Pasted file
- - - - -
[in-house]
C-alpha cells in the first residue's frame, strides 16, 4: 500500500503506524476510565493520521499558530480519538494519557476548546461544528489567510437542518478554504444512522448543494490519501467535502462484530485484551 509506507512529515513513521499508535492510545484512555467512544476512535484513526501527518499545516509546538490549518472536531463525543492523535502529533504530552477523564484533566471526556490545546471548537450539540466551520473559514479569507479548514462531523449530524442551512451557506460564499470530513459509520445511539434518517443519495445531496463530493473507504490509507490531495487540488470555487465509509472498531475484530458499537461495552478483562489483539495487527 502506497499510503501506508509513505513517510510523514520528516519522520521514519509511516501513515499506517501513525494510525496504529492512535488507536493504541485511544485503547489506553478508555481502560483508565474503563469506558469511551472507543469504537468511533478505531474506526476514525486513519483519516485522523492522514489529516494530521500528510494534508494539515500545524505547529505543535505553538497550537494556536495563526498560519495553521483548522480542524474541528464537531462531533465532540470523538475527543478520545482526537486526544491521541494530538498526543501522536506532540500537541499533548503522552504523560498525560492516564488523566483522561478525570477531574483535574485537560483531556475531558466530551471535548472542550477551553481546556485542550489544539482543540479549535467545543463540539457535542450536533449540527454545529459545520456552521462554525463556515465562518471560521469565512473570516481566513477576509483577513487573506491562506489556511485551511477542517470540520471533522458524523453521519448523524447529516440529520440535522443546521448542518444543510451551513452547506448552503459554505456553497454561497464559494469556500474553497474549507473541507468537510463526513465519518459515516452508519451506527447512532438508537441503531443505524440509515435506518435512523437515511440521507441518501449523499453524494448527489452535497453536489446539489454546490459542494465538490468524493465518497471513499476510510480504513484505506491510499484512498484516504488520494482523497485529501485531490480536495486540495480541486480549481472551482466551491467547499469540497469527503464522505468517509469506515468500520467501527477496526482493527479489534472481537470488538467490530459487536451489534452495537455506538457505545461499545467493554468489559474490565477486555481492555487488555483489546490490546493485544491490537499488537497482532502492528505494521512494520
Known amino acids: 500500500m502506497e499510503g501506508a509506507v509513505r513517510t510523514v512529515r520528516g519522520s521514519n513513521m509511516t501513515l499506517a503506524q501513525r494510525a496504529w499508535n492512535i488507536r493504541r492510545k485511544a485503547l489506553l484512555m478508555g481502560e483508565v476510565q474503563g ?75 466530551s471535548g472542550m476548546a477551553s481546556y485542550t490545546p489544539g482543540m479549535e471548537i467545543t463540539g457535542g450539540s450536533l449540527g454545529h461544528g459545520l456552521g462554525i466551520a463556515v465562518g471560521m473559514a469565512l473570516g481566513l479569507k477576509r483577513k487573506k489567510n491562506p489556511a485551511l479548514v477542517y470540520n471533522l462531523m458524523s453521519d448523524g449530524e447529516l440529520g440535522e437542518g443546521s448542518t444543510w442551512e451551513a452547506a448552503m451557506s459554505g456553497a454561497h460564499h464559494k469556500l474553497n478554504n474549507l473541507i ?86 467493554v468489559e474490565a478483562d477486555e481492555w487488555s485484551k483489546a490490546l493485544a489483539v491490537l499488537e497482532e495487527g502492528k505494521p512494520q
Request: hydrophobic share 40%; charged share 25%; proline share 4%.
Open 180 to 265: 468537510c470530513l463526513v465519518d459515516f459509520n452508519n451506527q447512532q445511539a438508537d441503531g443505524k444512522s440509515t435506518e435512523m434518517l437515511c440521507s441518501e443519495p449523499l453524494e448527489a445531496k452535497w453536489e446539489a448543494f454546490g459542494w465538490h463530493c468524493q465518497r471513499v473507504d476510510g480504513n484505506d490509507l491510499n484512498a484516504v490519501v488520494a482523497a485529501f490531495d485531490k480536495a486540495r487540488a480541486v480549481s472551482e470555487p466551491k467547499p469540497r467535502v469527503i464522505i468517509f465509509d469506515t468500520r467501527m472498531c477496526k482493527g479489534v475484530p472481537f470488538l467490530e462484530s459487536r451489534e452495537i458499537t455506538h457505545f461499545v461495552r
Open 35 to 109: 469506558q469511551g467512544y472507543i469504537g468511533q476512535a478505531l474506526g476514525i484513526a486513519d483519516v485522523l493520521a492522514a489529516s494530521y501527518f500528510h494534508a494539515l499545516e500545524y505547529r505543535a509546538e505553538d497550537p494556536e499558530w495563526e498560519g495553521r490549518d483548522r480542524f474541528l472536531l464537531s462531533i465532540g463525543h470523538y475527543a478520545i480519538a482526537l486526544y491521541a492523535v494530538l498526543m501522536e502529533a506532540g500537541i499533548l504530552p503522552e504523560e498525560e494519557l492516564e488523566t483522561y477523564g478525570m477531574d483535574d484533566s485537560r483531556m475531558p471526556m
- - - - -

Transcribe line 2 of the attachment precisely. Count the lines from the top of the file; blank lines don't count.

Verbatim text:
C-alpha cells in the first residue's frame, strides 16, 4: 500500500503506524476510565493520521499558530480519538494519557476548546461544528489567510437542518478554504444512522448543494490519501467535502462484530485484551 509506507512529515513513521499508535492510545484512555467512544476512535484513526501527518499545516509546538490549518472536531463525543492523535502529533504530552477523564484533566471526556490545546471548537450539540466551520473559514479569507479548514462531523449530524442551512451557506460564499470530513459509520445511539434518517443519495445531496463530493473507504490509507490531495487540488470555487465509509472498531475484530458499537461495552478483562489483539495487527 502506497499510503501506508509513505513517510510523514520528516519522520521514519509511516501513515499506517501513525494510525496504529492512535488507536493504541485511544485503547489506553478508555481502560483508565474503563469506558469511551472507543469504537468511533478505531474506526476514525486513519483519516485522523492522514489529516494530521500528510494534508494539515500545524505547529505543535505553538497550537494556536495563526498560519495553521483548522480542524474541528464537531462531533465532540470523538475527543478520545482526537486526544491521541494530538498526543501522536506532540500537541499533548503522552504523560498525560492516564488523566483522561478525570477531574483535574485537560483531556475531558466530551471535548472542550477551553481546556485542550489544539482543540479549535467545543463540539457535542450536533449540527454545529459545520456552521462554525463556515465562518471560521469565512473570516481566513477576509483577513487573506491562506489556511485551511477542517470540520471533522458524523453521519448523524447529516440529520440535522443546521448542518444543510451551513452547506448552503459554505456553497454561497464559494469556500474553497474549507473541507468537510463526513465519518459515516452508519451506527447512532438508537441503531443505524440509515435506518435512523437515511440521507441518501449523499453524494448527489452535497453536489446539489454546490459542494465538490468524493465518497471513499476510510480504513484505506491510499484512498484516504488520494482523497485529501485531490480536495486540495480541486480549481472551482466551491467547499469540497469527503464522505468517509469506515468500520467501527477496526482493527479489534472481537470488538467490530459487536451489534452495537455506538457505545461499545467493554468489559474490565477486555481492555487488555483489546490490546493485544491490537499488537497482532502492528505494521512494520